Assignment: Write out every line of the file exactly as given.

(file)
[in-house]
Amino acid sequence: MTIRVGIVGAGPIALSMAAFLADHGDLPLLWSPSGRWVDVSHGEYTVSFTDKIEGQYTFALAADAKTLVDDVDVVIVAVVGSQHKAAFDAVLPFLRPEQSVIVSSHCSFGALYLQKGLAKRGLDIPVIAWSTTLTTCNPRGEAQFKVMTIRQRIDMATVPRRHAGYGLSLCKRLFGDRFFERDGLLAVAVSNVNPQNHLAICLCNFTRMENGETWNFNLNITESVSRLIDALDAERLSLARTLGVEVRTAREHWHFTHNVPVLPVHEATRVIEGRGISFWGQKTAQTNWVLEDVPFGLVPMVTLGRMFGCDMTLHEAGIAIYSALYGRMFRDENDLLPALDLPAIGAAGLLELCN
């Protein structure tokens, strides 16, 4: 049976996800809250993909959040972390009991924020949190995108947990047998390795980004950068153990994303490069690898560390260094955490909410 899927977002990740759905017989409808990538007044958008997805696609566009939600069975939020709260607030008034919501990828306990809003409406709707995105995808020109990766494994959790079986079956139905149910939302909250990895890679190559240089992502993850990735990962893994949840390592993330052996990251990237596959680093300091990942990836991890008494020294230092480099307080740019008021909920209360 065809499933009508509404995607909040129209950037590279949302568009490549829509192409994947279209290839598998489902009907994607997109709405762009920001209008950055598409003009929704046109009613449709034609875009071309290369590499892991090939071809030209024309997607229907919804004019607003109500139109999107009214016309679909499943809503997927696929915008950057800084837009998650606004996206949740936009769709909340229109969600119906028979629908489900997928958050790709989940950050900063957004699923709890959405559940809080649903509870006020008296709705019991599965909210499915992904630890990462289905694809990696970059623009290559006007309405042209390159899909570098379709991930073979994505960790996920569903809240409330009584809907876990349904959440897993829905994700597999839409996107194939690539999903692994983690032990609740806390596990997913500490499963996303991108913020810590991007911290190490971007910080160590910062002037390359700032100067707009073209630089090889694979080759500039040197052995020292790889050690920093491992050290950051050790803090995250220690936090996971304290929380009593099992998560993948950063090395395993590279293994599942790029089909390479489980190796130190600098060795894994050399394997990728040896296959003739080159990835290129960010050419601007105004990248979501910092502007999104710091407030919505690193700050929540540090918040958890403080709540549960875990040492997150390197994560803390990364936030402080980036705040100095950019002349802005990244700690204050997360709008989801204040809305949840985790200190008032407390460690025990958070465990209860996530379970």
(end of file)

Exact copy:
[in-house]
Amino acid sequence: MTIRVGIVGAGPIALSMAAFLADHGDLPLLWSPSGRWVDVSHGEYTVSFTDKIEGQYTFALAADAKTLVDDVDVVIVAVVGSQHKAAFDAVLPFLRPEQSVIVSSHCSFGALYLQKGLAKRGLDIPVIAWSTTLTTCNPRGEAQFKVMTIRQRIDMATVPRRHAGYGLSLCKRLFGDRFFERDGLLAVAVSNVNPQNHLAICLCNFTRMENGETWNFNLNITESVSRLIDALDAERLSLARTLGVEVRTAREHWHFTHNVPVLPVHEATRVIEGRGISFWGQKTAQTNWVLEDVPFGLVPMVTLGRMFGCDMTLHEAGIAIYSALYGRMFRDENDLLPALDLPAIGAAGLLELCN
């Protein structure tokens, strides 16, 4: 049976996800809250993909959040972390009991924020949190995108947990047998390795980004950068153990994303490069690898560390260094955490909410 899927977002990740759905017989409808990538007044958008997805696609566009939600069975939020709260607030008034919501990828306990809003409406709707995105995808020109990766494994959790079986079956139905149910939302909250990895890679190559240089992502993850990735990962893994949840390592993330052996990251990237596959680093300091990942990836991890008494020294230092480099307080740019008021909920209360 065809499933009508509404995607909040129209950037590279949302568009490549829509192409994947279209290839598998489902009907994607997109709405762009920001209008950055598409003009929704046109009613449709034609875009071309290369590499892991090939071809030209024309997607229907919804004019607003109500139109999107009214016309679909499943809503997927696929915008950057800084837009998650606004996206949740936009769709909340229109969600119906028979629908489900997928958050790709989940950050900063957004699923709890959405559940809080649903509870006020008296709705019991599965909210499915992904630890990462289905694809990696970059623009290559006007309405042209390159899909570098379709991930073979994505960790996920569903809240409330009584809907876990349904959440897993829905994700597999839409996107194939690539999903692994983690032990609740806390596990997913500490499963996303991108913020810590991007911290190490971007910080160590910062002037390359700032100067707009073209630089090889694979080759500039040197052995020292790889050690920093491992050290950051050790803090995250220690936090996971304290929380009593099992998560993948950063090395395993590279293994599942790029089909390479489980190796130190600098060795894994050399394997990728040896296959003739080159990835290129960010050419601007105004990248979501910092502007999104710091407030919505690193700050929540540090918040958890403080709540549960875990040492997150390197994560803390990364936030402080980036705040100095950019002349802005990244700690204050997360709008989801204040809305949840985790200190008032407390460690025990958070465990209860996530379970």